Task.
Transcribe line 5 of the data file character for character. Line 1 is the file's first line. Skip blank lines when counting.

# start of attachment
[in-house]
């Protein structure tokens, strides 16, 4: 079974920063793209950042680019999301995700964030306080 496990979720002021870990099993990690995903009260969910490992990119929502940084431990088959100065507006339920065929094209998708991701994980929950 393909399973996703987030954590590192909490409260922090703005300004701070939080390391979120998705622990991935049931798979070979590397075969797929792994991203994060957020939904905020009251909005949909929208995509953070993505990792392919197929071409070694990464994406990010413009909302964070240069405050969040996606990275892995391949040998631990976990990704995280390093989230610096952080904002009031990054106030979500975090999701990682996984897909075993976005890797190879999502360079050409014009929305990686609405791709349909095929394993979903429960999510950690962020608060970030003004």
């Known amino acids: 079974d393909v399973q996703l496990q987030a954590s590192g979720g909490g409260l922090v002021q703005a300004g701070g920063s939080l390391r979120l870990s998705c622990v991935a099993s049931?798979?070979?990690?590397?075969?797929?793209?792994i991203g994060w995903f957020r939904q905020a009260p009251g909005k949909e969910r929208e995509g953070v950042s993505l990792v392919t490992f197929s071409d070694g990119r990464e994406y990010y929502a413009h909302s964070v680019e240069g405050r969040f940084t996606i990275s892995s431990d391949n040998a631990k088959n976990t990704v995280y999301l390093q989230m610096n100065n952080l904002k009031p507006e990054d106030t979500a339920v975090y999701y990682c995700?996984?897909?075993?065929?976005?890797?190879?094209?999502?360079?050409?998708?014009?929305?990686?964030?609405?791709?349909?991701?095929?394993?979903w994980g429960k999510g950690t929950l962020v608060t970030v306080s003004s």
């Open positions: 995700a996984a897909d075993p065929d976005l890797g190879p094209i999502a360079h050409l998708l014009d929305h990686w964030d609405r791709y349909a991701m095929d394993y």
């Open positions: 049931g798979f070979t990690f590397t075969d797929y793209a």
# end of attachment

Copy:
């Open positions: 049931g798979f070979t990690f590397t075969d797929y793209a």